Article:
Moreover, only little is known whether the different coordination state of Fe species in Fe-ZSM-5 give rise to alterations of the reduction and reoxidation behaviour which should be a crucial property in view of their participation in the catalytic redox cycle. Thus, it is an open question whether differently coordinated isolated Fe sites and iron oxide clusters of different nuclearity (including dimers) are participating equally in the catalytic cycle. Therefore, in the present study an effort is made to give more insights into the nature of active Fe sites for SCR of NO, N2O and N2O decomposition by in situ EPR, in situ UV/VIS-DR and in situ FT-IR spectroscopy. In situ EPR and in situ UV/VIS-DRS techniques are especially suitable since they provide simultaneous information on the oxidation and coordination state of Fe spices.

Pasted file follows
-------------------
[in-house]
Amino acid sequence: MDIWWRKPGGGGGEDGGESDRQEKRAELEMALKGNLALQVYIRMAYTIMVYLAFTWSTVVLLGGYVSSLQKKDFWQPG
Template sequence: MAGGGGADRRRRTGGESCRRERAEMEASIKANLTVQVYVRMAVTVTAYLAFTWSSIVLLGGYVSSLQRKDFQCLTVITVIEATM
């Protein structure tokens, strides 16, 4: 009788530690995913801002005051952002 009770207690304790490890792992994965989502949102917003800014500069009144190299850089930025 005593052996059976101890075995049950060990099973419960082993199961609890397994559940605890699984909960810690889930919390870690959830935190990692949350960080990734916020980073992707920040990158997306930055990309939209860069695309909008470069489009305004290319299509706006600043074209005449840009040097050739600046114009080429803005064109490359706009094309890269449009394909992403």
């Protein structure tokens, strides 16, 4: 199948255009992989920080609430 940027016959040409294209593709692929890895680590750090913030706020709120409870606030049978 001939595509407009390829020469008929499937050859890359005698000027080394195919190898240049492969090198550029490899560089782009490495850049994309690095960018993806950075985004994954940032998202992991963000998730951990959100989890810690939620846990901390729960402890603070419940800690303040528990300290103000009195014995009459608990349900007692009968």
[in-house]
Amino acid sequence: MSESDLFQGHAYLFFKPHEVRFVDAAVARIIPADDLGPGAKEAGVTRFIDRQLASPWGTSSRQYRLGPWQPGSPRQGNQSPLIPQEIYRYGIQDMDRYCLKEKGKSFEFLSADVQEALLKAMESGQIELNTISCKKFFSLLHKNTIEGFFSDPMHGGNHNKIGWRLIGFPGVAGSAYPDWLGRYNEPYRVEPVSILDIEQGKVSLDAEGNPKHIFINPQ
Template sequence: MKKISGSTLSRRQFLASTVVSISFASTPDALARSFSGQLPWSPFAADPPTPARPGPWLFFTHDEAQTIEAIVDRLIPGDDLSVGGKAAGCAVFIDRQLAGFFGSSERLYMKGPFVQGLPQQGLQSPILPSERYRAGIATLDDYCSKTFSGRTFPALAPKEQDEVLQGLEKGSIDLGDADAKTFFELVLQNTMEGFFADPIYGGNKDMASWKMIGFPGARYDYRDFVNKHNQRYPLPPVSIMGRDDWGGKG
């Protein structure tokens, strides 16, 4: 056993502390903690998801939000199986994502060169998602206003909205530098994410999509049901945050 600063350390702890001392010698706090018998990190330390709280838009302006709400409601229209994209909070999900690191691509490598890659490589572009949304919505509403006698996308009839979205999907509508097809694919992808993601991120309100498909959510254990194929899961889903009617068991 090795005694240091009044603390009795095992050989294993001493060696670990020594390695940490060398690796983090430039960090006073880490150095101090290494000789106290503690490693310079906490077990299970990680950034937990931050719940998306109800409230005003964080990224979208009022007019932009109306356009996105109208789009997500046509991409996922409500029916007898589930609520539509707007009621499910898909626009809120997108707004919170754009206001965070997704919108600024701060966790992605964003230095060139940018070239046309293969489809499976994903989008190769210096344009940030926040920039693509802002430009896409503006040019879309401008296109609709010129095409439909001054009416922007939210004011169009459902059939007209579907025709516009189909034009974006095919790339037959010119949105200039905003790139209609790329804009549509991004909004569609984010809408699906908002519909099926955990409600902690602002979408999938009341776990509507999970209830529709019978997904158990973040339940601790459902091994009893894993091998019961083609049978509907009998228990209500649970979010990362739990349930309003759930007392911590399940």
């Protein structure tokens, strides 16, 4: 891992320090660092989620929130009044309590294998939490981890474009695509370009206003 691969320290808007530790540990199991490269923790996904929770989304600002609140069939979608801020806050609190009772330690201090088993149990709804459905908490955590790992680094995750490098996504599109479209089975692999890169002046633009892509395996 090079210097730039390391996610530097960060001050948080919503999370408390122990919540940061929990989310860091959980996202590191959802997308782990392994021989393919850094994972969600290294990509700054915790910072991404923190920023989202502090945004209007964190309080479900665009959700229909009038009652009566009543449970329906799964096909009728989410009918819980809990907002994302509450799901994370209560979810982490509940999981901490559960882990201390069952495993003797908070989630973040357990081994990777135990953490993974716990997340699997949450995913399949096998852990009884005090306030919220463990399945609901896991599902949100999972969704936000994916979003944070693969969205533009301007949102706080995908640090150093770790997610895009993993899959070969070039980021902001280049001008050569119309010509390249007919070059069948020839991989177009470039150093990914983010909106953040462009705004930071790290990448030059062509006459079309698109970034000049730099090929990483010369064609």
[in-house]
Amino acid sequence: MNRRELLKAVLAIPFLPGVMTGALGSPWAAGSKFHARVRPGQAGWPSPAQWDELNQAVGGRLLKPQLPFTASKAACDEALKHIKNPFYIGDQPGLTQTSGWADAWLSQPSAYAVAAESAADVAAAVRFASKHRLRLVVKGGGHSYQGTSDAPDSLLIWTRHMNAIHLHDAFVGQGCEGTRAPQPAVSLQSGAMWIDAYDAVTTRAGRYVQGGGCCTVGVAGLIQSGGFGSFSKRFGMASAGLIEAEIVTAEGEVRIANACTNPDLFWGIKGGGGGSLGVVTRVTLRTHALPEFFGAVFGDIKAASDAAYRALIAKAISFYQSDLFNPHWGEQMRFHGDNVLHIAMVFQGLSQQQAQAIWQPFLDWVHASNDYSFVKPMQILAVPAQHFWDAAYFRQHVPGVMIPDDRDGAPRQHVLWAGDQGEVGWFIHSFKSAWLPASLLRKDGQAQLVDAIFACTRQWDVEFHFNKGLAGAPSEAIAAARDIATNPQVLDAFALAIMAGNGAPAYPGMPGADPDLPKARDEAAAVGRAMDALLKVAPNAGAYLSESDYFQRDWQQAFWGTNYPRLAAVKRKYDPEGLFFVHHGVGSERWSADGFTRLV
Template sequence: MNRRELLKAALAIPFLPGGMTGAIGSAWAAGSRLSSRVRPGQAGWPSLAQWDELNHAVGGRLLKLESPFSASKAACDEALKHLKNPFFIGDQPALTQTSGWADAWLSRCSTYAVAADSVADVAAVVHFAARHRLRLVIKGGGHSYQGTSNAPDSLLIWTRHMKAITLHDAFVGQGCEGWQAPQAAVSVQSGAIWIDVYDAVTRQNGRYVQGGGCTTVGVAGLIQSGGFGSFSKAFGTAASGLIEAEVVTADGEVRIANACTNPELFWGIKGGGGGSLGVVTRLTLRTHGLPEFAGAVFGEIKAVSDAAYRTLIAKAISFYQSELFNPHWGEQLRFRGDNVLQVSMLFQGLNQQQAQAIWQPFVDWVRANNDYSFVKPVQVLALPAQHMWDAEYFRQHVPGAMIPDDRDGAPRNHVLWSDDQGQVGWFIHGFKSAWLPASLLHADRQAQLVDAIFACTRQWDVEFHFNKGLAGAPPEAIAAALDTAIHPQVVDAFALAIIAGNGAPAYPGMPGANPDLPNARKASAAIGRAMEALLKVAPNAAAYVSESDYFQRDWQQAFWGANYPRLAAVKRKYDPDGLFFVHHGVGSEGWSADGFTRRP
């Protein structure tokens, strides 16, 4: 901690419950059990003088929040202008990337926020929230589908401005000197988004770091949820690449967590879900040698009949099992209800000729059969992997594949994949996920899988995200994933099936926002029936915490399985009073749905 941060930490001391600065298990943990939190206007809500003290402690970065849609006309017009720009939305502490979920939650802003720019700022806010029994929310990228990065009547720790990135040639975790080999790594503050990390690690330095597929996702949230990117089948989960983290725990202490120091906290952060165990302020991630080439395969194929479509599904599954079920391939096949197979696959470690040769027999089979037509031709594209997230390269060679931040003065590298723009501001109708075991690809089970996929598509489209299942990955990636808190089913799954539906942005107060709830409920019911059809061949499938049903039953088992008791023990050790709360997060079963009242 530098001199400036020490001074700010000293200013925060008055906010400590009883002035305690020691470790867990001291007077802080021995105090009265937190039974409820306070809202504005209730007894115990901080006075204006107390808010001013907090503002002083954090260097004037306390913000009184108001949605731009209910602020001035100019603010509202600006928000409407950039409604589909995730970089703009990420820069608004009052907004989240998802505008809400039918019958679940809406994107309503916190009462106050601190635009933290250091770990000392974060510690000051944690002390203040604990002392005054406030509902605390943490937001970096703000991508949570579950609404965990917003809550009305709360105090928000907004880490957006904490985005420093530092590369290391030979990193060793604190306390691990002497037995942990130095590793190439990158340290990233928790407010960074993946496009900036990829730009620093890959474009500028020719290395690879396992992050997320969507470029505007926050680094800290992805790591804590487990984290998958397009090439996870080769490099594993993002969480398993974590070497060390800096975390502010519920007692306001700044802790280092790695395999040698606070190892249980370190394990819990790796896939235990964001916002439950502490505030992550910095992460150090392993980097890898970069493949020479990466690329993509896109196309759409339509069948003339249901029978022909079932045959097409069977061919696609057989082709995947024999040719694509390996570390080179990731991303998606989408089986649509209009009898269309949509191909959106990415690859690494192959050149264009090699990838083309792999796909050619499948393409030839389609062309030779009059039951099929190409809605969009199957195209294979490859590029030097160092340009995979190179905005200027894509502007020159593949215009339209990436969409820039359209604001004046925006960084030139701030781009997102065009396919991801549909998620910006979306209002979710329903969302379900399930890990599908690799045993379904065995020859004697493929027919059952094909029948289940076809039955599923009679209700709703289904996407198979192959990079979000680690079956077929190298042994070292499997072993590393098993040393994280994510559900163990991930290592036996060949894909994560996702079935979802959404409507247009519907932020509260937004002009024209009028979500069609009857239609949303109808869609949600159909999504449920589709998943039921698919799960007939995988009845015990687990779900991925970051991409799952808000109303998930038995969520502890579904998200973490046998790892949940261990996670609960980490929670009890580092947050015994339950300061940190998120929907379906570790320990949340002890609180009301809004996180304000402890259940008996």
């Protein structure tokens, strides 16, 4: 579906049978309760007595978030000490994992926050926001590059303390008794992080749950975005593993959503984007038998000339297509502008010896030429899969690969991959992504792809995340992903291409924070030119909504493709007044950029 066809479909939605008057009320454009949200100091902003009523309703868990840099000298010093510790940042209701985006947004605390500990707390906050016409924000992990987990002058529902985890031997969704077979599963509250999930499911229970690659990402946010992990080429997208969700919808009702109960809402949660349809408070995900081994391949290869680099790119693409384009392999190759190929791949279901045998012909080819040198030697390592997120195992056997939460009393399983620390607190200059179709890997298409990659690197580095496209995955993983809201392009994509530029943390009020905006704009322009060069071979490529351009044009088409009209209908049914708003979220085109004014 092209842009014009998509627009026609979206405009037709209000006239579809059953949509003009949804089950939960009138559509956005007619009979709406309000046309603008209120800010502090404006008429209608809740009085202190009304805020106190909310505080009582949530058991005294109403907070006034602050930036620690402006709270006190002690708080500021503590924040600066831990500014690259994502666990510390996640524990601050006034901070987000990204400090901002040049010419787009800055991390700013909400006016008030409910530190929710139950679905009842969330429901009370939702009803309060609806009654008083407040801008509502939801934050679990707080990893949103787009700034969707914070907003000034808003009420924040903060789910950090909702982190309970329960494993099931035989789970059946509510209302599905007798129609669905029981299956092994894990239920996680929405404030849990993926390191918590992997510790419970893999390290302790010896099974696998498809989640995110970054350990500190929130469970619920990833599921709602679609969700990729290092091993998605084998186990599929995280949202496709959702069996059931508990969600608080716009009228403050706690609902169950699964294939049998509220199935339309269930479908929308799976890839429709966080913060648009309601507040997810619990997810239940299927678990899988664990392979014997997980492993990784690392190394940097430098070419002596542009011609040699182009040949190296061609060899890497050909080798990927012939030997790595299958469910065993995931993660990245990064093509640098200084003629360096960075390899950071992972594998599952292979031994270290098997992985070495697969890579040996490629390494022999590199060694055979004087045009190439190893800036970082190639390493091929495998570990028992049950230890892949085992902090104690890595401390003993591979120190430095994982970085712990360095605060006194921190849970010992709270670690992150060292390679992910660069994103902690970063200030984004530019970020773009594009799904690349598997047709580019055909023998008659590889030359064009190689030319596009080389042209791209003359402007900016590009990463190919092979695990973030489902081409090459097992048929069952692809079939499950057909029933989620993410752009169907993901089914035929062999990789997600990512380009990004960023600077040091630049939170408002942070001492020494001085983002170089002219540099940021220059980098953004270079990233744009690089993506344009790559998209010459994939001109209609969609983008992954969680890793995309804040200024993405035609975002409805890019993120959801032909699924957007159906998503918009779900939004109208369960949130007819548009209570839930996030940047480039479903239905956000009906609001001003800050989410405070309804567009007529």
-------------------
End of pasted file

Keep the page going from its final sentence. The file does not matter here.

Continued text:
This thesis is part of a joint research project sponsored by Deutsche Forschungsgemeinschaft which was performed in cooperation with Prof. W. Grünert (Ruhr-University Bochum) and Prof. J. Pérez-Ramírez (Catalan Institution for Research and Advanced Studies, Tarragona). Parts of the work (synthesis of most catalysts, catalytic tests) have not been performed within this thesis but in the laboratories of our cooperation partners. This is denoted in the respective sections below. Based on the integrated evaluation of the characterization results obtained in this thesis including a comparative discussion of catalytic tests performed by the project partners, general features on the structure of Fe sites and their role in the catalytic reactions could be derived.